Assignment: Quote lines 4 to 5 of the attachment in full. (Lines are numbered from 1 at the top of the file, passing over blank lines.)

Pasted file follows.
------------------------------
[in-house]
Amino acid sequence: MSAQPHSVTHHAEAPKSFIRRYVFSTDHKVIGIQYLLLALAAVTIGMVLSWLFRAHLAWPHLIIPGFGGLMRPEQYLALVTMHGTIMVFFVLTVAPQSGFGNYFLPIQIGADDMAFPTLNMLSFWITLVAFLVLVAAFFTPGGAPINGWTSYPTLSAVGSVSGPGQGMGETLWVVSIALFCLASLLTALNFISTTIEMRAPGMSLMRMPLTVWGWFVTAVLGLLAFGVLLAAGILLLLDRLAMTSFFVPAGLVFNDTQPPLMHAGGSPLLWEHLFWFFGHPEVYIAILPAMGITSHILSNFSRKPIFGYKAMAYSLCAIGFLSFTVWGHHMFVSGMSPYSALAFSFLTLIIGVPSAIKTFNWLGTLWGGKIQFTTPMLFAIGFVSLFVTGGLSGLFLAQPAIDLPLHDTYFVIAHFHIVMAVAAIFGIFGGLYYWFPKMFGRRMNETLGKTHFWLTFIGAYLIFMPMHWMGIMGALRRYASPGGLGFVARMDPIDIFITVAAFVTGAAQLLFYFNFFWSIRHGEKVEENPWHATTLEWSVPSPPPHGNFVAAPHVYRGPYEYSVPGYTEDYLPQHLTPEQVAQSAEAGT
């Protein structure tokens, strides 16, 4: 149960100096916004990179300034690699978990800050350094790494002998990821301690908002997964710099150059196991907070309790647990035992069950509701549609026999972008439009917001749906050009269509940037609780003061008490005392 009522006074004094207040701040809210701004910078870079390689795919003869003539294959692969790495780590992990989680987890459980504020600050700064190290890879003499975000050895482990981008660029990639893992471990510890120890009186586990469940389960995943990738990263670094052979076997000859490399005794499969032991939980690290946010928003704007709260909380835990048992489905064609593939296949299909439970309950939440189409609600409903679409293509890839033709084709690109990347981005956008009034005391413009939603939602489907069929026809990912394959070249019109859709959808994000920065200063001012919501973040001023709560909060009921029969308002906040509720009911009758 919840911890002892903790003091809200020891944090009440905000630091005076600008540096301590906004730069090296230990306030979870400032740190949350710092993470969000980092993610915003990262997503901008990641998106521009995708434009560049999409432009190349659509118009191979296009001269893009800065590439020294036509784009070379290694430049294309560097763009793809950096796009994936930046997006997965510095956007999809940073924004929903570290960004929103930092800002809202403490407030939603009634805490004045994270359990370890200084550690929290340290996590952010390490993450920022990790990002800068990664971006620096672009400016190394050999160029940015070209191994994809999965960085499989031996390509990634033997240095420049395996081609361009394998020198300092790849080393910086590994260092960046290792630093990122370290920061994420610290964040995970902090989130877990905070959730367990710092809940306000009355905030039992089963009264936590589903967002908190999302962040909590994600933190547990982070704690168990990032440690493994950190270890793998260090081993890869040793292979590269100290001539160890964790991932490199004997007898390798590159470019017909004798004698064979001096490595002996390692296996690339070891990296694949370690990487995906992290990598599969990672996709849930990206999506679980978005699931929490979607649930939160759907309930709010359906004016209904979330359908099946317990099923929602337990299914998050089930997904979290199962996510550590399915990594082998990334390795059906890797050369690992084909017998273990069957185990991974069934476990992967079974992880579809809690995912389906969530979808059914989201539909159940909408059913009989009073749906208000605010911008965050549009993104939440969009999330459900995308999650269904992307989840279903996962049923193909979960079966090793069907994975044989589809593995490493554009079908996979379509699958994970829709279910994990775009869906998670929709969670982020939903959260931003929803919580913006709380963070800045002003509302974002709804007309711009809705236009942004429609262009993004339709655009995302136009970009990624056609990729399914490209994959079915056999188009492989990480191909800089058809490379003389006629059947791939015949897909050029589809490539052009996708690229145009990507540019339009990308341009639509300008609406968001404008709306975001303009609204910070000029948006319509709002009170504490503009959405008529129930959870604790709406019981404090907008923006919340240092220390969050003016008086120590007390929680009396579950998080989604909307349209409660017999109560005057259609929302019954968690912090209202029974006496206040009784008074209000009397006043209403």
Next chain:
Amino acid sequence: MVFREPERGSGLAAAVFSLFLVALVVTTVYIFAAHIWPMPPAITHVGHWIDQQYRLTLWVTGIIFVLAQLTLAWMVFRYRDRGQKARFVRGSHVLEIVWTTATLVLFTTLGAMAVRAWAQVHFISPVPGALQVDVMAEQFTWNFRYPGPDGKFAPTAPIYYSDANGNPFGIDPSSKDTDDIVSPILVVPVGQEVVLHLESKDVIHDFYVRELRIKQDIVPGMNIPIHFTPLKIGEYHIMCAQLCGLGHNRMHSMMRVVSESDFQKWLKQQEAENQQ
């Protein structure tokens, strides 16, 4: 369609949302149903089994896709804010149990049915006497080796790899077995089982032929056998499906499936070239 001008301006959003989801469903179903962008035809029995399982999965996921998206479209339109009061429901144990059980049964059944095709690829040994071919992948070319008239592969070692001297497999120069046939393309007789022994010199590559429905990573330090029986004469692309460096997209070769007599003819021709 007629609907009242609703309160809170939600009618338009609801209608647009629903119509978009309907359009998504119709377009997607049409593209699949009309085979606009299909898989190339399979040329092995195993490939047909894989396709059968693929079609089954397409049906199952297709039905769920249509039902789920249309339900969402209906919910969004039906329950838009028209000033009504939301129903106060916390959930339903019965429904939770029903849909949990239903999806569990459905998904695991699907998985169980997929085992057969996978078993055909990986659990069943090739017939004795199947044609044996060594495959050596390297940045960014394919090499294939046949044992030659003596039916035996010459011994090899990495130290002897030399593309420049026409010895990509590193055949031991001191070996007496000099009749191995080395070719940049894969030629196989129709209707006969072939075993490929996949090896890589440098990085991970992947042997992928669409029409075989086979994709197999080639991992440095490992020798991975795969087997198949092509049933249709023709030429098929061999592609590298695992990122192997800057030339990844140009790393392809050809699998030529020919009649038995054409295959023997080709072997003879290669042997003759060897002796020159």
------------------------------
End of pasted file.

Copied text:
Next chain:
Amino acid sequence: MVFREPERGSGLAAAVFSLFLVALVVTTVYIFAAHIWPMPPAITHVGHWIDQQYRLTLWVTGIIFVLAQLTLAWMVFRYRDRGQKARFVRGSHVLEIVWTTATLVLFTTLGAMAVRAWAQVHFISPVPGALQVDVMAEQFTWNFRYPGPDGKFAPTAPIYYSDANGNPFGIDPSSKDTDDIVSPILVVPVGQEVVLHLESKDVIHDFYVRELRIKQDIVPGMNIPIHFTPLKIGEYHIMCAQLCGLGHNRMHSMMRVVSESDFQKWLKQQEAENQQ